The Centre for Geopolitics at the University of Cambridge is launching a Baltic Geopolitics Programme with the aim of increasing understanding of the geopolitics of the Baltic and the UK’s role in it, which is particularly important in the context of the UK leaving the EU.

The Programme’s launch event will be on Wednesday, 20 January, 10-11.00am. The event will be opened by HE Kersti Kaljulaid, the President of the Republic of Estonia.

Keynote introductions will be given by Professor John Bew, Adviser on Foreign Policy to the Rt Hon Boris Johnson MP, Prime Minister; Professor David Abulafia, FBA Emeritus Professor of Mediterranean History at Cambridge University, and author of ‘The Boundless Sea’; and Edward Lucas, writer, journalist and analyst of geopolitics and the Baltic states.

These will be followed by a panel discussion between the President of Estonia and the introductory speakers.

The Rt Hon Charles Clarke, former Home Secretary, who is chairing the event said, “This exciting initiative will give a much-needed raised profile and understanding to Britain’s relationships with the Baltic countries. We need to build stronger new relationships to face effectively the complex security, economic and sustainability challenges of the future”.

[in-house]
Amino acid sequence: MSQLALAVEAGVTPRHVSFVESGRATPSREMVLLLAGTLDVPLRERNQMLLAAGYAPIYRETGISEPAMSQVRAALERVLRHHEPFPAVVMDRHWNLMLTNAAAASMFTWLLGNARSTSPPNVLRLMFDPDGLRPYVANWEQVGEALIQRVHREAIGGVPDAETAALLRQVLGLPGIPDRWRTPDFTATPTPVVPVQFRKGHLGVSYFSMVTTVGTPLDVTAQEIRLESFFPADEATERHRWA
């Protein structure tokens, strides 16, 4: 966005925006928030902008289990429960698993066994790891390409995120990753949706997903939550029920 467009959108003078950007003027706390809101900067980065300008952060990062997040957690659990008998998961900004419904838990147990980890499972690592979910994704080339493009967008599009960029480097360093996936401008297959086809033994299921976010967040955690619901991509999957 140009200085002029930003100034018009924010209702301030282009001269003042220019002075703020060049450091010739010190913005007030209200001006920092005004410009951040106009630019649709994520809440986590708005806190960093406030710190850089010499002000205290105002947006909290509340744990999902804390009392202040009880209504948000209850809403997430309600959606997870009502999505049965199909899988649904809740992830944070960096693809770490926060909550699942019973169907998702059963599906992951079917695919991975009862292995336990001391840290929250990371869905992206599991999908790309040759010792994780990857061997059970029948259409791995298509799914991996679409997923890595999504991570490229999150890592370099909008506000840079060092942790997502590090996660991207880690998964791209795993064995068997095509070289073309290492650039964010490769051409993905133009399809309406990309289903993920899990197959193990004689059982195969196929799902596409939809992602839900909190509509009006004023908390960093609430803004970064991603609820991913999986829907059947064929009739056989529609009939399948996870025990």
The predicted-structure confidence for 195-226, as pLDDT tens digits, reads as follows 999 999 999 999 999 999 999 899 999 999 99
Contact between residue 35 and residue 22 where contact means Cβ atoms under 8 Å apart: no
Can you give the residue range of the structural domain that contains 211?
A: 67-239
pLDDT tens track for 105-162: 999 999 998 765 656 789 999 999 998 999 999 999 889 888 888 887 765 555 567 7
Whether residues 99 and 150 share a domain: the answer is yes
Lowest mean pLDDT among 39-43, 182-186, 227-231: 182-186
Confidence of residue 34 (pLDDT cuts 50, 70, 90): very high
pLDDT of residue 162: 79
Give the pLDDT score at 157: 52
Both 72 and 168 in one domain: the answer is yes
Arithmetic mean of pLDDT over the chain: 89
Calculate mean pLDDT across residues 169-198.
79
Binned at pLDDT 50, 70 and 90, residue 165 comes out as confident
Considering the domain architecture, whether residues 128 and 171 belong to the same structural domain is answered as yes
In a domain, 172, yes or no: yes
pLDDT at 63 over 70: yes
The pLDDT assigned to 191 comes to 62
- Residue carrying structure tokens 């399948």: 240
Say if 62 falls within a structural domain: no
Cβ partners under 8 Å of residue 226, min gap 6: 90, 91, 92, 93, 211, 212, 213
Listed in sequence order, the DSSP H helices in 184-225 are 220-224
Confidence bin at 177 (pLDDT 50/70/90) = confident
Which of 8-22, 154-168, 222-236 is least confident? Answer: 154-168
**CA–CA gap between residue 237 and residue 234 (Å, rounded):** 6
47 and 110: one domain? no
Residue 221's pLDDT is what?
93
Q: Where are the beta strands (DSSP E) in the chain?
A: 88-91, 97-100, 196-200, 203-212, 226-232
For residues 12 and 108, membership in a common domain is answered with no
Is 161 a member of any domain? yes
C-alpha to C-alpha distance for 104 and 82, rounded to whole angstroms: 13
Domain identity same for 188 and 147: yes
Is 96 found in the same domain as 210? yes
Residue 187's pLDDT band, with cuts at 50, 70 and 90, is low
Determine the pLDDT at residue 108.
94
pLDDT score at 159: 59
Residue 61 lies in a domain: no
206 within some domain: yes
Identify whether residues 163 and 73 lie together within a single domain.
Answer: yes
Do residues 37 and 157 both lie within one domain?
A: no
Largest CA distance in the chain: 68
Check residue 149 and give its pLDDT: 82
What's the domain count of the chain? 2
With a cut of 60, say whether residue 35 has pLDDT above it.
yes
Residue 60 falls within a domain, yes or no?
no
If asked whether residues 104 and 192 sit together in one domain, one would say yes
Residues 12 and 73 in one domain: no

The planned work of the Programme will be introduced by Professor Brendan Simms, who said, “after Brexit, the relationship between the UK and the EU will become more, not less important. Our Baltic Project will investigate Britain’s current relations with a significant part of its ‘near abroad’ in its wider historical context.”

At the event, Professor Anna Mazurkiewicz, from the University of Gdansk and Dr Henrik Breitenbauch, from the University of Copenhagen will explain the role and work of the Baltic Geopolitics Network, whose founder members are the universities of Cambridge, Copenhagen, Gdansk, Glasgow, Greifswald, Helsinki, Klaipeda, Latvia, Tartu and Uppsala.

The programme operates within the Centre’s European Orders research strand, led by Professor Simms.


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